LEWISBURG, Pa. – Dr. Joe Thomas, a distinguished member of the Student-Leader Seminar faculty, returned to campus on Tuesday to speak to Bucknell’s student-athletes about the topic of hazing within the broader scope of team leadership.

Hazing is an issue that has been pervasive in high school and college athletics throughout the country in recent years, but Dr. Thomas noted that the traditional lecturing of students about the dangers and implications of hazing has not produced effective change. Instead, he said, hazing should be viewed as an issue of team climate and leadership.

Dr. Thomas is a retired U.S. Marine who has studied and taught leadership and ethics in the U.S., Europe, Asia and the Middle East. His teaching stops include the U.S. Naval Academy, University of Notre Dame, University of Maryland and the National Outdoor Leadership School.  He is an expert on leadership and a faculty member with the Student-Leader Seminar, an organization designed to introduce the topic of ethical leadership through highly interactive discussions built around the themes of leading with purpose, ethical decision making, and the value of character. In August, Dr. Thomas was one of three Student-Leader Seminar instructors who led a series of colloquiums with the Bucknell Bison Leadership Academy.

On Tuesday, he addressed the entire body of Bison student-athletes and began by noting that statistically, athletes are the most likely population to have experienced hazing on a college campus. He surprised many in the room by noting that highly successful, high-cohesion teams are actually more susceptible to hazing than less-successful teams.

Hazing Law

Whereas hazing was often implicitly endorsed by coaches and athletics programs throughout the 1950s, 1960s and 1970s, the “New Hazing” model has moved underground, and as a result it has become more about social cohesion than about winning games or championships.

Since hazing activities are now typically administered by team members, Dr. Thomas suggests that student-athlete leadership is the solution to the problem.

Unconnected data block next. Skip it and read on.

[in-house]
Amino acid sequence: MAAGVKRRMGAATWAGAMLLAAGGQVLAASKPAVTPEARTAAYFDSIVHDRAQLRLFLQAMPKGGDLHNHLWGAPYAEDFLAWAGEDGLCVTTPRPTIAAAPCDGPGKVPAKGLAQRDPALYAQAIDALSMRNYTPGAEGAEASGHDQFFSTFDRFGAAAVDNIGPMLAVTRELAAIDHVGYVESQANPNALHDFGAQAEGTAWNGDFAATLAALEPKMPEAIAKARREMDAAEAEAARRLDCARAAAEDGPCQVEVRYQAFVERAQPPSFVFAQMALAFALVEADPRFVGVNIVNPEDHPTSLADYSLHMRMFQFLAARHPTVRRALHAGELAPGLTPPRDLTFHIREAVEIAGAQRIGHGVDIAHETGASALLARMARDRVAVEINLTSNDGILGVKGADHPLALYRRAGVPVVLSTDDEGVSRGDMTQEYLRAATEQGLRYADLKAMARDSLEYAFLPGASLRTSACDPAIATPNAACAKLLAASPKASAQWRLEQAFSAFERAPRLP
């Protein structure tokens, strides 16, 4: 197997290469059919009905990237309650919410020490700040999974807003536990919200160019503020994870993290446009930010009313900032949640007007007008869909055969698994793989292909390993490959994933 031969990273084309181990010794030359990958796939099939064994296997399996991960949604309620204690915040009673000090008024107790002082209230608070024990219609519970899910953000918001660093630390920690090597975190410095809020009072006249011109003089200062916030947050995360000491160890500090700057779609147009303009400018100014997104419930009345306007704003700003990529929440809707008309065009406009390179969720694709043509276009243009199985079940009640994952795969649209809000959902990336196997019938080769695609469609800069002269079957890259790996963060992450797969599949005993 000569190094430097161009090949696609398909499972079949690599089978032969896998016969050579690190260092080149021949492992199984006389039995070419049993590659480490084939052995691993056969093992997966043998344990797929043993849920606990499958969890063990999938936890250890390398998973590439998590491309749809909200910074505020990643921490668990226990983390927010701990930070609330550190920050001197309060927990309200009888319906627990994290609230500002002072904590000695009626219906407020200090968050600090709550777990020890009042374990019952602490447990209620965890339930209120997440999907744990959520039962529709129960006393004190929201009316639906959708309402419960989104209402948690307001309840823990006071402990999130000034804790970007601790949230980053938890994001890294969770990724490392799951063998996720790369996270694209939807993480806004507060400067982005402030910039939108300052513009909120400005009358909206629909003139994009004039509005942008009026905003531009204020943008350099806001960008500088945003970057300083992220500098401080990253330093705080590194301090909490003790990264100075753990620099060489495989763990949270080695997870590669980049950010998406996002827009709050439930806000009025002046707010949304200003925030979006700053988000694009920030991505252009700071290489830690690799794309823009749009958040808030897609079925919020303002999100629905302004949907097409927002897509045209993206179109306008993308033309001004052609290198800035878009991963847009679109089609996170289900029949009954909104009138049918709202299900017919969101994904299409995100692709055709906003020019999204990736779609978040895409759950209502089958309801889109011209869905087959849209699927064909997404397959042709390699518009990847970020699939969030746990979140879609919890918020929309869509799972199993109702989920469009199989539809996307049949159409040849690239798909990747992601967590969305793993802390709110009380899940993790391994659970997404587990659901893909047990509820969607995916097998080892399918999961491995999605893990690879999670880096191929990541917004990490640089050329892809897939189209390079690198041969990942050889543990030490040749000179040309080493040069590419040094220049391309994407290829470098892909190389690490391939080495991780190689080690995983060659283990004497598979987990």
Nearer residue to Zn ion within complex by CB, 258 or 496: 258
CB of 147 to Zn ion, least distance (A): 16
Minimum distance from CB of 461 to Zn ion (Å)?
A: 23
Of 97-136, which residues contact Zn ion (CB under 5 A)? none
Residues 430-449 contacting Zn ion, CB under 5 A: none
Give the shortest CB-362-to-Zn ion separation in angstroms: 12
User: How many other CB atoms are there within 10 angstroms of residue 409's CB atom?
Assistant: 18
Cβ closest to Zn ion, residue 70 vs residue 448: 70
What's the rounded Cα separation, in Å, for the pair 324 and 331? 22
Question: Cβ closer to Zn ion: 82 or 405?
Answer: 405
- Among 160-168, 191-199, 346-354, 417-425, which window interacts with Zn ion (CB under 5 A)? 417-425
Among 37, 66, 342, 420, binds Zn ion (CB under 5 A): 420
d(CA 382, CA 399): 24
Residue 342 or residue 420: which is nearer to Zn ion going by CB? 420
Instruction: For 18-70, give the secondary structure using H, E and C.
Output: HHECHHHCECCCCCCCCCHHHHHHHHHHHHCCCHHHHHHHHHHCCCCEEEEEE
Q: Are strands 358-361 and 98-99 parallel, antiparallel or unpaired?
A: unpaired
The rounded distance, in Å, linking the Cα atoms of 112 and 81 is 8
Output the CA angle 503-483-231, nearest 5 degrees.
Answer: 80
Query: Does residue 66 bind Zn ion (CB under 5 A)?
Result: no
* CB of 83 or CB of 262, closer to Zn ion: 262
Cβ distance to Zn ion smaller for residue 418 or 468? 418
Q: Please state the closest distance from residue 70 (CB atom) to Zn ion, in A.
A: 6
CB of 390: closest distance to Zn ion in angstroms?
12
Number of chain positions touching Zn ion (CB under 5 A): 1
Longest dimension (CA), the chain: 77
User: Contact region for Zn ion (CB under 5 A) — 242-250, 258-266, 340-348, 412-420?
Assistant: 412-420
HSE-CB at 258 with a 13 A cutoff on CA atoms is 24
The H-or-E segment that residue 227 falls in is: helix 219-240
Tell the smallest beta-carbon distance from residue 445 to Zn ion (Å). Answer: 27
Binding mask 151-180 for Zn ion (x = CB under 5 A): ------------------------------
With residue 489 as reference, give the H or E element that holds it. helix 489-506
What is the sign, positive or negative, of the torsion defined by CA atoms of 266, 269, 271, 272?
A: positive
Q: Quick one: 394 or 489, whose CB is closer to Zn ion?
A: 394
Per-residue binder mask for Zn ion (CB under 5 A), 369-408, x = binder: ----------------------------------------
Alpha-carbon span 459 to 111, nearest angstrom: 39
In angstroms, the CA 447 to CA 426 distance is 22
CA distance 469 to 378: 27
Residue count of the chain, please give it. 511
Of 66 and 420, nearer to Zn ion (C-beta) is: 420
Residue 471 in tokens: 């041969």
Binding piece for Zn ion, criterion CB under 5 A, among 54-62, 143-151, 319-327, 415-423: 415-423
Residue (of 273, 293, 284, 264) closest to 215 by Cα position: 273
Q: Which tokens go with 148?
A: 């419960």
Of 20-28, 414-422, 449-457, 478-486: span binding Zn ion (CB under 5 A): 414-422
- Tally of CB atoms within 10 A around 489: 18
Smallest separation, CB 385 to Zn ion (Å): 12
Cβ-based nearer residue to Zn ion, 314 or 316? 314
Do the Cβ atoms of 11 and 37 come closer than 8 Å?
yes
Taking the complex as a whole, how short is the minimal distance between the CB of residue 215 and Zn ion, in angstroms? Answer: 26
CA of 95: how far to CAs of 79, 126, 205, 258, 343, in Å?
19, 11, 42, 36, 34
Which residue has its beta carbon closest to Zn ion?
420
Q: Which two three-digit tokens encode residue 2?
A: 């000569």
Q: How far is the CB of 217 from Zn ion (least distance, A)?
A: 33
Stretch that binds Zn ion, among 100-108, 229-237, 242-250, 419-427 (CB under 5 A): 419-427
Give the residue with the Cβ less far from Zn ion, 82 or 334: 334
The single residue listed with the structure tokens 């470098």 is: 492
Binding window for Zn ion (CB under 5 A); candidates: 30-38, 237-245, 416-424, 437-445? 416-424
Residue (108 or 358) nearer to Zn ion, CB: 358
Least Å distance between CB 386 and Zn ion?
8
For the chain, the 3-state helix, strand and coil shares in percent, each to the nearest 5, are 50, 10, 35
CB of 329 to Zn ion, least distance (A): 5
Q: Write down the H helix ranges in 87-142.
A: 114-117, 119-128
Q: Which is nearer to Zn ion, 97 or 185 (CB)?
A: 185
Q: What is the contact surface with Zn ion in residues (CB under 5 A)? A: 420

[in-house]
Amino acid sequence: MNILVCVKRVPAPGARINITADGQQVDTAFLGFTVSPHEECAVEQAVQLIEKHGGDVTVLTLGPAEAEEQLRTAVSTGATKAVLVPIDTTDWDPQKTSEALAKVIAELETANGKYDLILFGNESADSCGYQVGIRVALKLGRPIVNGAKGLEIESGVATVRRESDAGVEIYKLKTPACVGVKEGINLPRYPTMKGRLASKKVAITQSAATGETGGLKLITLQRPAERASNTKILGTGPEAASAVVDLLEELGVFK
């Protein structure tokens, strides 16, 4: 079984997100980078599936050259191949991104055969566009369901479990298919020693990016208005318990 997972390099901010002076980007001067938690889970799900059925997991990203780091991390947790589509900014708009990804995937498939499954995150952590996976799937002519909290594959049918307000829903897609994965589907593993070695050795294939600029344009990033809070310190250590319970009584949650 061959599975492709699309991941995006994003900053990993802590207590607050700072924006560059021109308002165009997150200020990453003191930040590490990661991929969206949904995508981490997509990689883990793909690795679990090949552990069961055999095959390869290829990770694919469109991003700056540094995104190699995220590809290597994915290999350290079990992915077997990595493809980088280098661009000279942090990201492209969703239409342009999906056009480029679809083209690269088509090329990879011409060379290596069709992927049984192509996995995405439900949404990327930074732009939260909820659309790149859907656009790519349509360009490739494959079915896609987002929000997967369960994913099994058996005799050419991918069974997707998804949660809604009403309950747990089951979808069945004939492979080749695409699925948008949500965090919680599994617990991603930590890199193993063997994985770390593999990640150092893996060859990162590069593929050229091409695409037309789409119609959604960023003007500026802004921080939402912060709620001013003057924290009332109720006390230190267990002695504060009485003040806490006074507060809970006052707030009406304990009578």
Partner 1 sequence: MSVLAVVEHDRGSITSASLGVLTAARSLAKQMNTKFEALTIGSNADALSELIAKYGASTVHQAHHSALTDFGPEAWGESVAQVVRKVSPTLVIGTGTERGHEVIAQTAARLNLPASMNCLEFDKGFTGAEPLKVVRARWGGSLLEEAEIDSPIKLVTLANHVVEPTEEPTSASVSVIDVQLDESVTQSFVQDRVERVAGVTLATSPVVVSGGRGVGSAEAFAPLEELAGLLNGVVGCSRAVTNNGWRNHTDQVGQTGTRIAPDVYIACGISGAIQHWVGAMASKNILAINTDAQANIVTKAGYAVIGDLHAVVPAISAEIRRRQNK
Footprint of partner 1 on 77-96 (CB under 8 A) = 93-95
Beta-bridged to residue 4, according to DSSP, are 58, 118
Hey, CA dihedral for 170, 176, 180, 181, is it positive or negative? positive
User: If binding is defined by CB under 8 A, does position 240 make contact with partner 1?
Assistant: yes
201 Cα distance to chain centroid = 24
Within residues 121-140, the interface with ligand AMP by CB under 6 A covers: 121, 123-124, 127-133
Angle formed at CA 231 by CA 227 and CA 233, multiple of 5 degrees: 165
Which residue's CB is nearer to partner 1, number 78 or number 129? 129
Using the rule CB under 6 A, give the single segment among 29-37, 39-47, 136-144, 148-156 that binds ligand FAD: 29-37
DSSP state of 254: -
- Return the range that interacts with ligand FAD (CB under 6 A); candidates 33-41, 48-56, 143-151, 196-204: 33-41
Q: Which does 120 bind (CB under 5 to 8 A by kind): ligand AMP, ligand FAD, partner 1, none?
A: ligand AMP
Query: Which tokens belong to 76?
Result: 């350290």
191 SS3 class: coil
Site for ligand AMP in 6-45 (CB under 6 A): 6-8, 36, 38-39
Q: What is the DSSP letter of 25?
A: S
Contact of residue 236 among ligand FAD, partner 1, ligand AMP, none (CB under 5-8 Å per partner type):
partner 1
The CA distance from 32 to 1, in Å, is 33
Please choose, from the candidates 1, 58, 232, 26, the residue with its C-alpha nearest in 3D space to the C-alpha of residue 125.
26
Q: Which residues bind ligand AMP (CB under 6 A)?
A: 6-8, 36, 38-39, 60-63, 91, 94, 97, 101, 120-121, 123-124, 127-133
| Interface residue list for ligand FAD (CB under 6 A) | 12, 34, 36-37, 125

“The phrase ‘lead by example’ means something more today,” he said during the morning session at Trout Auditorium. “Student-athletes are in the public eye and team values are constantly on display, so they must focus on character more than ever.”

During his presentation, Dr. Thomas emphasized a key distinction between culture and climate. While an organization’s culture is typically slow-moving and can cross multiple generations, its climate is local and can change quickly based on the actions of a few key members. He said that team leadership is about climate, and that strong leadership within a program can face a challenge or difficult situation and turn it around.

“I want to thank Joe Thomas for coming back to Bucknell to engage our student-athletes in a very essential and frank discussion on the important topic of hazing,” said John Hardt, director of athletics and recreation. “We do not condone or tolerate hazing activities at Bucknell, and I agree with Joe’s take that strong student-athlete leadership is required to prevent it from happening.”

The Bucknell Department of Athletics and Recreation continues to provide educational opportunities for student-athletes in a wide variety of areas. In addition to hazing, in recent years seminars have been held on topics such as sexual harassment and safe dating, nutrition, and gambling.

The Bucknell Bison Leadership Academy was launched in August 2011 with the goal of delivering programming and instruction that bridge theory, development and real experiences in an interactive learning environment. The skills learned through the Leadership Academy helps team leaders enhance their impact on their teammates’ and their program’s performance immediately and for years to come.